There But For The: A Novel
“Ali Smith’s There But For The is a thoroughly modern book that plays with form, structure, and language, never allowing the reader to settle for comfortable passive reading; ultimately, it’s a text that demands our full attention, featuring writing that makes reading an active experience.”
Seemingly a mess of contradictions, this novel, firmly grounded in reality and yet so surreal, this novel, whose protagonist disappears out of the story before it’s even begun, this novel, whose title drops off the end of a cliff mid-sentence—this novel works.
Ali Smith’s There But For The is a thoroughly modern book that plays with form, structure, and language, never allowing the reader to settle for comfortable passive reading; ultimately, it’s a text that demands our full attention, featuring writing that makes reading an active experience.
Ms. Smith’s prose is effervescent, her characters involving, and her story, though starting from a simple premise, demands that we read on.
There But For The is a novel about storytelling. It’s about how we communicate and how we connect with other people (or how we fail to, being so exquisitely equipped to fail despite—because of?—our oh-so-convenient modern technologies).
There But For The explores the gray areas between fact and imagination, between memory and experience, and ultimately, the big one itself: in exploring identity, the book examines how language, as much as race, religion, class, and sexuality, shapes us as people—and how gaps in language and knowledge can shape us as well.
The clue is in the unfinished title; Ms. Smith suggests that sometimes the things that aren’t there, the things that are implied, or guessed at—and often these guesses are informed by prejudice—are the most important in shaping our worldview.
Unavoidably, this is a clever novel—and it knows it is clever. It celebrates cleverness, intelligence, knowledge. It makes cleverness fun, engaging reading. The text is stuffed with puns and punning, wordplay, riddles. Clues. The narrative itself is in the form of a daisy-chain: stories backtrack, intermingle, loop around each other. There are huge asides, sections in parentheses that can go on for page after page. But Smith strings these threads together brilliantly. Cleverly.
Many of the key characters are of above average intelligence and have discovered that finding a place in the world is hard, given their highly individual outlooks on life, the fact they don’t fit in with the herd. Ms. Smith gives each of these characters distinct, unique voices. Inner voices, interior monologues, voices from beyond.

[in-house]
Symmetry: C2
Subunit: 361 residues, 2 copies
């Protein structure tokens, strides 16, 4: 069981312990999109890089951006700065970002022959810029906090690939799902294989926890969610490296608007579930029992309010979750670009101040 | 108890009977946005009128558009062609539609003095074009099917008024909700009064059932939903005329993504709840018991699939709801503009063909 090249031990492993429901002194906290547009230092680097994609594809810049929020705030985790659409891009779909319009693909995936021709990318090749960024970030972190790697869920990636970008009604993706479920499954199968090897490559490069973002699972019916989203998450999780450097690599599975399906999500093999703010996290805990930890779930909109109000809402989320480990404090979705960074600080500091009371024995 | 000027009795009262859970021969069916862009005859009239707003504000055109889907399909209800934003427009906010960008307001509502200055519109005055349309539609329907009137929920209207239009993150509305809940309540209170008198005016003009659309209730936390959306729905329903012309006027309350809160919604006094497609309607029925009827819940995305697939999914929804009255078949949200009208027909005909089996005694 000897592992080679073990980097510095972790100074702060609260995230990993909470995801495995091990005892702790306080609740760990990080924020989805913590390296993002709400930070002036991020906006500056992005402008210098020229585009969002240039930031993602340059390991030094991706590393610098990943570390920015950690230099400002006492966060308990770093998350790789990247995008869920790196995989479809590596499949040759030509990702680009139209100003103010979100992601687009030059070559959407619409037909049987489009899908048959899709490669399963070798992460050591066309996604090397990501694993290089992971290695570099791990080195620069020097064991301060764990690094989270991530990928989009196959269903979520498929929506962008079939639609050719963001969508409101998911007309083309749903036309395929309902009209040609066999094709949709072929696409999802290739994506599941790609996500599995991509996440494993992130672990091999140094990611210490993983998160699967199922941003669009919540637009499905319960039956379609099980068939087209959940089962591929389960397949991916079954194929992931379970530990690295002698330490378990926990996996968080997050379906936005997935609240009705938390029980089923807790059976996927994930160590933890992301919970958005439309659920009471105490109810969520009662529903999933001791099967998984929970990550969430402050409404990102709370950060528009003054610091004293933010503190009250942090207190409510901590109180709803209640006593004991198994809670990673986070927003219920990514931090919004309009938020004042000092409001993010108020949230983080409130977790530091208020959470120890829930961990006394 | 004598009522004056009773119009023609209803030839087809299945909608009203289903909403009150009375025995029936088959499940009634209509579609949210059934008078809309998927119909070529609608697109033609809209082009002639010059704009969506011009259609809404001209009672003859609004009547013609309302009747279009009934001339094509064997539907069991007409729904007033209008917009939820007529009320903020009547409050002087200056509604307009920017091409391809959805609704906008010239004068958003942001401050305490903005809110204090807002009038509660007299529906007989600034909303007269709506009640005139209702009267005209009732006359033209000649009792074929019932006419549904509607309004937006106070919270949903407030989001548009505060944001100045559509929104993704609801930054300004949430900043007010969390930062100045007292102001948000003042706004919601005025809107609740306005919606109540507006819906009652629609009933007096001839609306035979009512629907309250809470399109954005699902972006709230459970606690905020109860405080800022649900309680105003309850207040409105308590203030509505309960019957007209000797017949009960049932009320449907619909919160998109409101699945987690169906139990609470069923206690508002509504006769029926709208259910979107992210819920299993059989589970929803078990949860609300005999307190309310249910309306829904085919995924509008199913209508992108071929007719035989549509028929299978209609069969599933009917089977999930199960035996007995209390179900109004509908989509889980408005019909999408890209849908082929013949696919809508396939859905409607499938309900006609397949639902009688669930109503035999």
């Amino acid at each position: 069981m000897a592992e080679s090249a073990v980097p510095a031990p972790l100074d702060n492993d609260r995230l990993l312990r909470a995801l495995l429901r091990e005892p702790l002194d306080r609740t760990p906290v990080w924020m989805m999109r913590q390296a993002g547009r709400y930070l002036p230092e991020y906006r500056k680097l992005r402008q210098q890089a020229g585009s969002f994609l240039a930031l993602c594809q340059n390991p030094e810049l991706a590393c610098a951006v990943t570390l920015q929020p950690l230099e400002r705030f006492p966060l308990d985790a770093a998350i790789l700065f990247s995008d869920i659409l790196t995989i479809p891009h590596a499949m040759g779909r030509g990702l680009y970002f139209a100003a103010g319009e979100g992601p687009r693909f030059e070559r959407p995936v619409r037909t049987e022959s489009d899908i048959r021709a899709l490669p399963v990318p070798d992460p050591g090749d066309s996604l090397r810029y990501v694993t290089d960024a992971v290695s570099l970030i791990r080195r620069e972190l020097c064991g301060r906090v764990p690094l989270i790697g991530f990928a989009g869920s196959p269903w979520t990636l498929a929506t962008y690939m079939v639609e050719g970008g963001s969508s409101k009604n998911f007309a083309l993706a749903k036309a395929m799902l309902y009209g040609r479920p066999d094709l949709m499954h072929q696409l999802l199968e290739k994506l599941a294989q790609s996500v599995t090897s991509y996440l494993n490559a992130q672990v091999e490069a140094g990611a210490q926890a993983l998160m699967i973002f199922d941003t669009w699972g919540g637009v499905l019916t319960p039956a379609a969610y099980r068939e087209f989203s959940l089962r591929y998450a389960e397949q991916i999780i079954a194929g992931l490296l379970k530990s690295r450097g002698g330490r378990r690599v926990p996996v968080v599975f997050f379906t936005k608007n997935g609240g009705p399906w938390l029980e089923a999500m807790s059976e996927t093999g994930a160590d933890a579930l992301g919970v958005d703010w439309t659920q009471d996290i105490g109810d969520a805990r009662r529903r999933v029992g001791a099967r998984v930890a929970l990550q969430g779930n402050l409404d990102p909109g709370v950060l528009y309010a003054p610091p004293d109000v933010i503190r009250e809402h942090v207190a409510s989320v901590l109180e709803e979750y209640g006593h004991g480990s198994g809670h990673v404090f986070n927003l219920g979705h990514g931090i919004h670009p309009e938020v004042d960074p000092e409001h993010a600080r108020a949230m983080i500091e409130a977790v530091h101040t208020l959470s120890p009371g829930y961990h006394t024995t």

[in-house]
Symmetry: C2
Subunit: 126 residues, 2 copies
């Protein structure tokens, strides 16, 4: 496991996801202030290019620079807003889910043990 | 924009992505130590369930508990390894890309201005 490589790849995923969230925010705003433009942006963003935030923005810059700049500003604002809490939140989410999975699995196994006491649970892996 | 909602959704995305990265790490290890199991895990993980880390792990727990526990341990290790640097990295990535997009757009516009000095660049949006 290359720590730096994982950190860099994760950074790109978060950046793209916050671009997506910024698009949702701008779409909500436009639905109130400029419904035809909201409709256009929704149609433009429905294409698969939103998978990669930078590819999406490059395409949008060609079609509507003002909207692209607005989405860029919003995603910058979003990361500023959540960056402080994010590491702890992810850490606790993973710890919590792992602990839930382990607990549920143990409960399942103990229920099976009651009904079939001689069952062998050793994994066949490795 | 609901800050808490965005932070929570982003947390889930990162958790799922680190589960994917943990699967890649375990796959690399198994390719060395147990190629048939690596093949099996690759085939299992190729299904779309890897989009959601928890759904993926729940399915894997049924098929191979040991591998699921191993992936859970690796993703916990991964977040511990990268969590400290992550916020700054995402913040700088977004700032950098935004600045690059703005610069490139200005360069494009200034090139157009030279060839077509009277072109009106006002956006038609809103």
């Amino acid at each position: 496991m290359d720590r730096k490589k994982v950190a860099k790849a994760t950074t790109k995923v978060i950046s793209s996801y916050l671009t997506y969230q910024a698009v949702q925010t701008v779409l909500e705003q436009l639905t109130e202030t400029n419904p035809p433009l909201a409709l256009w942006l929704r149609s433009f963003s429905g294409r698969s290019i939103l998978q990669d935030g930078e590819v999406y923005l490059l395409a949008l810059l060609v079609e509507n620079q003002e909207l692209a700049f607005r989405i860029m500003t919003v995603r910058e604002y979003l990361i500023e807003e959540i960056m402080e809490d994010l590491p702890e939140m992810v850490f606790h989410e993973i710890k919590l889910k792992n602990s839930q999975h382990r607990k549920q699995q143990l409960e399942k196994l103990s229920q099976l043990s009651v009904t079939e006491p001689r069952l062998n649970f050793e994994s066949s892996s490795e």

And throughout, Ali Smith shows that she has a brilliant ear for the comic and the ridiculous. She’s like a modern, Scottish version of Lewis Carroll, who has decided to ground her fiction in reality rather than in Wonderland.
We begin with a dinner party, her version of Carroll’s Mad Hatter’s Tea Party in Alice in Wonderland. (Fittingly, one of the characters quotes from Carroll’s Jabberwocky. “’Twas brillig, and the slithy toves . . .” And then he invents new nonsense: “Did Google Twitter in the blog . . .”)
Ms. Smith’s dinner party is held in the leafy London suburb of Greenwich, and our hosts are the Lees, a stereotypically try-hard bohemian couple who’ve tried to invite “interesting people” because of how this reflects on them (they’ve invited a black couple and a gay man because they are exotic, like a new type of dessert.) Just before the sweet course, one of the guests, Miles Garth slips off to visit the toilet. By the time the rest of the dinner party realizes he’s been gone rather too long, he’s locked himself in the Lee’s guest bedroom and is refusing to come out. He will communicate only via notes.
There But For The unfolds itself out of this one act. This one act which could be the beginning of a riddle, or a fable: “There once was a man who, one night between the main course and the sweet at a dinner party, went upstairs and locked himself in one of the bedrooms of the house of the people who were giving the dinner party.”
And: “What would happen if you did just shut a door and stop speaking? Hour after hour of no words. Would you speak to yourself? Would words just stop being useful? Would you lose language altogether? Or would words mean more, would they start to mean in every direction, all somersault and assault, like a thuggery of fireworks?”